Kiln it: Clay exhibits construct contemporary spin on classic Newcomb pottery

Newcomb Art Museum currently has two exhibits with clay as the primary medium on display.

By fusing traditional and contemporary mediums, two new Newcomb Art Museum exhibits link the past and the present to create work that is both ambitious and grounded.

The Newcomb Art Museum has two new exhibitions on display in the Woldenberg Art Center that are open to the public and will run until March 24.

The first exhibit, “Clay in Transit: Contemporary Mexican Ceramics,” highlights seven contemporary artists who use clay to sculpt everything from ceramic cups of ramen noodles to traditional “barro negro,” or black clay pottery.

Margaux Armfield | Senior Staff Photographer
Traditional “barro negro,” or black clay pottery appears in “Clay in Transit: Contemporary Mexican Ceramics.”

“[The pieces] also build upon the collective histories of their chosen medium – clay as nature, clay as origin, clay as shelter, clay as dam, clay as vessel, clay as terra firma,” reads the exhibit’s website.

The “Clay in Transit” exhibition also includes several video presentations of the featured artists that explain their purposes for creating their art and the processes that their art goes through.

The second exhibit, “Clay in Place: Highlights from the Collection,” features artwork from Newcomb Pottery, Newcomb Guild, various alumni, current faculty and former faculty of Newcomb.

“There are many connections between the two exhibitions, especially in terms of subject matter and approach. The physical form of a totem recurs throughout both exhibitions, for example in the works of Peter Voulkus, Paloma Torres and William DePauw Jr.,” said Laura Blereau, Newcomb’s curator and coordinator of academic programming.

“While researching the collection I sought pieces that demonstrated beauty, visual complexity and a command of the material,” Blereau said.

According to the exhibit’s website, some of the artists featured in “Clay in Place” were members of Newcomb College’s inaugural pottery decorating class, which opened in the fall of 1895.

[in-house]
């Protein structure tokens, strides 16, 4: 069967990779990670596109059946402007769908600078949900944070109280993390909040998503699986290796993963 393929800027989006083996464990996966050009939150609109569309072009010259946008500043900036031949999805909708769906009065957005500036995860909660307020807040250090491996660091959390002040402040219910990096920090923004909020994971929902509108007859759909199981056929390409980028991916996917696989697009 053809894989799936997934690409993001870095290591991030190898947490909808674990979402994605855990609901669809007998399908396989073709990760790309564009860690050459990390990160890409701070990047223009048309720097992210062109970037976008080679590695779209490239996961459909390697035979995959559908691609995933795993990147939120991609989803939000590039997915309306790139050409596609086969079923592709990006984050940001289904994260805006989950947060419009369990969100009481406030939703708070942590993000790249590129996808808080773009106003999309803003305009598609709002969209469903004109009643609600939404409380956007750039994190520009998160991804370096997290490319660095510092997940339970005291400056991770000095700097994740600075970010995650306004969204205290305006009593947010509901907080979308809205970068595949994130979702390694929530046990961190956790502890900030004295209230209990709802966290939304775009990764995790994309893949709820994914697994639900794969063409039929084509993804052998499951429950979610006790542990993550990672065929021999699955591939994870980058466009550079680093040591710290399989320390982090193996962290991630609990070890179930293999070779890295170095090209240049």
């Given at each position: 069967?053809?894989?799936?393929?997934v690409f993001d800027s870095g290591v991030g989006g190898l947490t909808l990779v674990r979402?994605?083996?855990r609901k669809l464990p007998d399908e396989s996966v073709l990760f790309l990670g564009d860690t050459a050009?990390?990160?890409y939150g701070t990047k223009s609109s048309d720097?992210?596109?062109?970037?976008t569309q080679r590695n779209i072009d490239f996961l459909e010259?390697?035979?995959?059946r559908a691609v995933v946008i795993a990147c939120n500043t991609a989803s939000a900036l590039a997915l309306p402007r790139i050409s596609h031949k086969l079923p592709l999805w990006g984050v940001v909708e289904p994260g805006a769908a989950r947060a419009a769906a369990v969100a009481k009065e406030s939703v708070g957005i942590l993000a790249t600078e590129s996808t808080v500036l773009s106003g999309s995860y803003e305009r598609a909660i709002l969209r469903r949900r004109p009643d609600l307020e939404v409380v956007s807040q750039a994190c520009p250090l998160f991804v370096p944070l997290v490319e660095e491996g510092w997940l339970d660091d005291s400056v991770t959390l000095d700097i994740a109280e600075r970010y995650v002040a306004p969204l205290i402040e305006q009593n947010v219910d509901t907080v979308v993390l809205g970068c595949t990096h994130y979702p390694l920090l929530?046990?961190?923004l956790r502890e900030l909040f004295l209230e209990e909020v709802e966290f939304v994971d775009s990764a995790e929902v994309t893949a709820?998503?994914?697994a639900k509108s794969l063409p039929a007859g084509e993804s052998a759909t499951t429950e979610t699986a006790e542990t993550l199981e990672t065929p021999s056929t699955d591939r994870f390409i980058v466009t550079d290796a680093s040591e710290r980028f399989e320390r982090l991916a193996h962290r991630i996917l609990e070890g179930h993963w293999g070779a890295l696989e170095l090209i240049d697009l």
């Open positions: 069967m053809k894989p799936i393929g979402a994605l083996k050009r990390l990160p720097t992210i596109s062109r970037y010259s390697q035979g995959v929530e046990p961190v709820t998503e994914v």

“Newcomb Pottery has a very distinctive aesthetic. It emulates the arts and crafts style, but it also uses local flora and fauna from the South,” Adjunct Curator for the Gardiner Museum Rachel Gottlieb said in a video about the work.

The women of Newcomb Pottery are renowned for the terra cotta they used, which was created from a mix of clay from different areas in and around New Orleans, including the Mississippi River, Lake Pontchartrain and Bayou Tchulakabaufa.

“Social mores of the period prohibited women from throwing works themselves … in the early 1900s, however, the women began incising and sculpting the leather-hard clay before its firing,” reads a museum label in the exhibit.

Becoming even more active in the pottery-making process gave the artists more control and freedom in the designing process. Incorporating scenes from their childhoods in New Orleans – a majority of Newcomb’s students were natives – gave the pottery an authentic, Southeastern Louisiana aesthetic that is highly regarded today.

“The history of Tulane is inseparable from the history of New Orleans. It’s difficult for me to imagine existing in another city that is not New Orleans,” Austin Mankin, a New Orleans native and Tulane student, said.

As a native attending a school whose student-body is primarily from out-of-state, Mankin appreciates Tulane’s attempts to expose the community to a more authentic side of New Orleans culture.

“I can’t think of a better way for people to learn about the very intertwined history between Tulane and New Orleans than through art,” Mankin said.

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